So, why read the novel?  Because everything that came before that portion is wonderful.  The parts on the river with just Jim and Huck (only about 10% of the book) are sublime.  The adventures ashore are fantastic in that they reveal Twain’s view of the hypocrisy and ignorance of his fellow Americans in general and southerners in particular.  Twain derides religion, aristocracy and societal mores.  He reveals scallywags, rascals and downright scary murderers in his inimitable style.

During one adventure, Huck is welcomed into the Grangerford home.  He describes the house and its residents in the grandest terms possible for a young boy of his limited experience in society.  However, Huck then witnesses an absolute bloodbath during the Grangerfords’ feud with another local family.  Huck’s escape, as ever, is to the raft with Jim.

Huck and Jim have much in common.  They are both escapees.  They are both outcasts from society.  They fall in love with each other in the purest sense of the term.

The novel’s greatest passage is undoubtedly Huck’s coming to terms with his religious and moral dilemma over whether to risk hell by helping a slave to escape.  After considerable emotional turmoil, Huck writes a letter to Miss Watson advising her that her runaway slave (Twain uses the other word) is here with him.  Nevertheless, before sending it:

I felt good and all washed clean of sin for the first time I had ever felt so in my life, and I knowed I could pray now.

But Huck then begins reflecting on: the good times he has shared with Jim; how Jim has placed Huck’s interests over his own at times; how Huck has saved Jim, and vice-versa; how Huck has become Jim’s best and only friend in the world.

Upon glancing at the letter:

It was a close place.  I took it up, and held it in my hand.  I was a-trembling, because I’d got to decide, forever, betwixt two things, and I knowed it.  I studied a minute, sort of holding my breath, and then says to myself:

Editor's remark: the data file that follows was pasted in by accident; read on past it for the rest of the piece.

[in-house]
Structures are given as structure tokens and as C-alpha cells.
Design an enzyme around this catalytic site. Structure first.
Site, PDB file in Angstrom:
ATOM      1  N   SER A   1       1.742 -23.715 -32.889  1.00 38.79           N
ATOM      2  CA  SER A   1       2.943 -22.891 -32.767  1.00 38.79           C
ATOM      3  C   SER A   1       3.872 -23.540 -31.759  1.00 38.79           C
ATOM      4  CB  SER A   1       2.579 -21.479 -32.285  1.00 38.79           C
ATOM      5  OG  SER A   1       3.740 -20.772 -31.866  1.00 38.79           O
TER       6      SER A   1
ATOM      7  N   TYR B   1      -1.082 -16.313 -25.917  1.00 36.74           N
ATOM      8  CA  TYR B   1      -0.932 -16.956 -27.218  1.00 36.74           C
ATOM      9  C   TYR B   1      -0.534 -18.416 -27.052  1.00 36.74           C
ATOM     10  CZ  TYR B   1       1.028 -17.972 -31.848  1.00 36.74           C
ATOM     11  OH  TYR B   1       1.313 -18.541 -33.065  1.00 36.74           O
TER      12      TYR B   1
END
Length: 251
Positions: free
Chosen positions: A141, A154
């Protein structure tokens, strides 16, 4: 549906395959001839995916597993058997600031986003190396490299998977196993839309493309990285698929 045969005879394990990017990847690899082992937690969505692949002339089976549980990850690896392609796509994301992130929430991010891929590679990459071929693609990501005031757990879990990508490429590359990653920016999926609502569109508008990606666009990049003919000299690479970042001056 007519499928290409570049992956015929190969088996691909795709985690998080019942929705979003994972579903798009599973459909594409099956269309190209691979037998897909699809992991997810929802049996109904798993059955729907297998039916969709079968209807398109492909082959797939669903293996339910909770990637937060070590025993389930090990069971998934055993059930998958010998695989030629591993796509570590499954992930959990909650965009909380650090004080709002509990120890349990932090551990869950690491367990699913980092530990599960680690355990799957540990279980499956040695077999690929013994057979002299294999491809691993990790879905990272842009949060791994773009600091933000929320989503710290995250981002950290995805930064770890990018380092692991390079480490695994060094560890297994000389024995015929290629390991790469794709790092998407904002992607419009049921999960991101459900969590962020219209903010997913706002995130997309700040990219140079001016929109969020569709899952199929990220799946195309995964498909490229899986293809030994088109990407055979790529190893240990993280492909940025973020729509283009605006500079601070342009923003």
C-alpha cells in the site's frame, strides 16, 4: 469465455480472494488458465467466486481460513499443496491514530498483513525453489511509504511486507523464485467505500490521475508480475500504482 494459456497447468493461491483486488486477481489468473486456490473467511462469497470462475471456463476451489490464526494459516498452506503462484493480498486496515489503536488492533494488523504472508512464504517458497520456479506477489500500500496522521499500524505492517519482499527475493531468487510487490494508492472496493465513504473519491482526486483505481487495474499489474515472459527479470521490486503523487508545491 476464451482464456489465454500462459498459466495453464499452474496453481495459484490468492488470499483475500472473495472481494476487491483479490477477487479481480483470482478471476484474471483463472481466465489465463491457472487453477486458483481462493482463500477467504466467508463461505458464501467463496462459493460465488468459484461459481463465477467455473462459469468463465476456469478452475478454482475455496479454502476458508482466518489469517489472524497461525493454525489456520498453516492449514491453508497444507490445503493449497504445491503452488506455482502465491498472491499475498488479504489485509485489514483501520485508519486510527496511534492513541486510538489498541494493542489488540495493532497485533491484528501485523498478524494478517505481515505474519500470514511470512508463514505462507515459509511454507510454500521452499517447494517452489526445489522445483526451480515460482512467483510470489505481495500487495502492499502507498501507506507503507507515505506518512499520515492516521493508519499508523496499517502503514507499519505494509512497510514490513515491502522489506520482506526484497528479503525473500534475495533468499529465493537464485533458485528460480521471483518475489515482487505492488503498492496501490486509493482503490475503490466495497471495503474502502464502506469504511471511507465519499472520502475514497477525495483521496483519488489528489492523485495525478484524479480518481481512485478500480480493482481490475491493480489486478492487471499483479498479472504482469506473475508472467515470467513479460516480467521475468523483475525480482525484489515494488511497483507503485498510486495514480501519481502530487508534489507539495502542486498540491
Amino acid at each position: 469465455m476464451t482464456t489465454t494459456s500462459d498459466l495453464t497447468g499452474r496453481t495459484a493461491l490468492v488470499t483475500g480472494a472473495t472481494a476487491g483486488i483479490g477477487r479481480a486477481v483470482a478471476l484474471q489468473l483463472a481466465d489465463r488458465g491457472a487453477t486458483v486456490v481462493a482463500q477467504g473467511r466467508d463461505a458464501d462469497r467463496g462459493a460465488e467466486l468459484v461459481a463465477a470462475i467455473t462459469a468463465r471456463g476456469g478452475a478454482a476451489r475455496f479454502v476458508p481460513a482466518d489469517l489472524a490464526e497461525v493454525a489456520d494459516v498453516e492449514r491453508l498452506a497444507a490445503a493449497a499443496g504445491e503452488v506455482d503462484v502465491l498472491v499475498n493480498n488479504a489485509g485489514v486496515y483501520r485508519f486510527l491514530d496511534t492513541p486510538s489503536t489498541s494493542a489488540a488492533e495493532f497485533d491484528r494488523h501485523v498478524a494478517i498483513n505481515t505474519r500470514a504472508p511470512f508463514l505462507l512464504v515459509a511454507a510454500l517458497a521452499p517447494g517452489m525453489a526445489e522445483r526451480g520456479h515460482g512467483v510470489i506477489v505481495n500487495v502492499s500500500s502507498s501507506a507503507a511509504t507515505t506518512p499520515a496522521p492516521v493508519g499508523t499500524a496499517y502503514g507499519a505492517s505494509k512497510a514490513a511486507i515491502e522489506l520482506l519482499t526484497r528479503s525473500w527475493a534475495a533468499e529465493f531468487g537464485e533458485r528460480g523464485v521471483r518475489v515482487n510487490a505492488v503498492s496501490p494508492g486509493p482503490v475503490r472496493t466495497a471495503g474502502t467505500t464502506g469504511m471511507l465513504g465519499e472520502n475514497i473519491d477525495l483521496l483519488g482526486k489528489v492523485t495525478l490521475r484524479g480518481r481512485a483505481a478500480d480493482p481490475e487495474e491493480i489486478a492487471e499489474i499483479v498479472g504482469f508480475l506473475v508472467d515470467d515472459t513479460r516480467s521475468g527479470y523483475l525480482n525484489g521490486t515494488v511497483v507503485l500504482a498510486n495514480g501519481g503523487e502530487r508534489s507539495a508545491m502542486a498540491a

“All right, then, I’ll go to hell” — and tore it up.

+++++++++++

Two other thoughts:

1)  Huck and Jim’s trip downriver on a raft forever links Twain to Lincoln.  For, it was the future president’s journey down the Mississippi on a log raft that exposed him to a vast section of his country and its people.  This was Abraham Lincoln’s only trip to the deep south.  While in New Orleans (so the story goes) he witnessed a slave auction.  This market supposedly helped to form the Great Emancipator’s view of slavery.  Thus, Twain and Lincoln, the two greatest Americans of the 19th century, are joined by common experience.

2)  Every time that Huck Finn created a new character for himself and spun a yarn for strangers, I thought of Bart Simpson.  However, upon finishing the book, I came to realize that Bart was really based upon Tom Sawyer.  As literary critic, Alfred Kazin, has pointed out, Tom Sawyer is the child of the middle class while Huck is a child of poor, white poverty (like Lincoln).  Tom lies and creates mischief purely to amuse himself.  Huck does so for survival.  In this sense, it is clear that Bart Simpson’s true spiritual forebear is Tom, not Huck (despite Bart’s taking on of the Huck role in one memorable episode of The Simpsons).

In 1874, while vacationing at his in-laws’ estate, Quarry Farm, near Elmira, New York, the Langdons built their son-in-law an octagonal study some distance from the main house.  Apparently, the main motivation for this construction was their intolerance of Twain’s cigar smoke.

Twain wrote Tom Sawyer in that study.  Between 1876 and 1879, he polished off sections of Huck Finn in this setting.  Several other of his most famous works were also written in this study.

In 1952 (42 years after Twain’s death), the octagonal study was moved downtown onto the campus of Elmira College.  There it sits to this day, open for visitors.

It have had the good fortune to go inside.  My impression is that the study accurately reflects the great genius of the author.  Mark Twain was not bound by the “four corners” of the conventional mind.

— The Major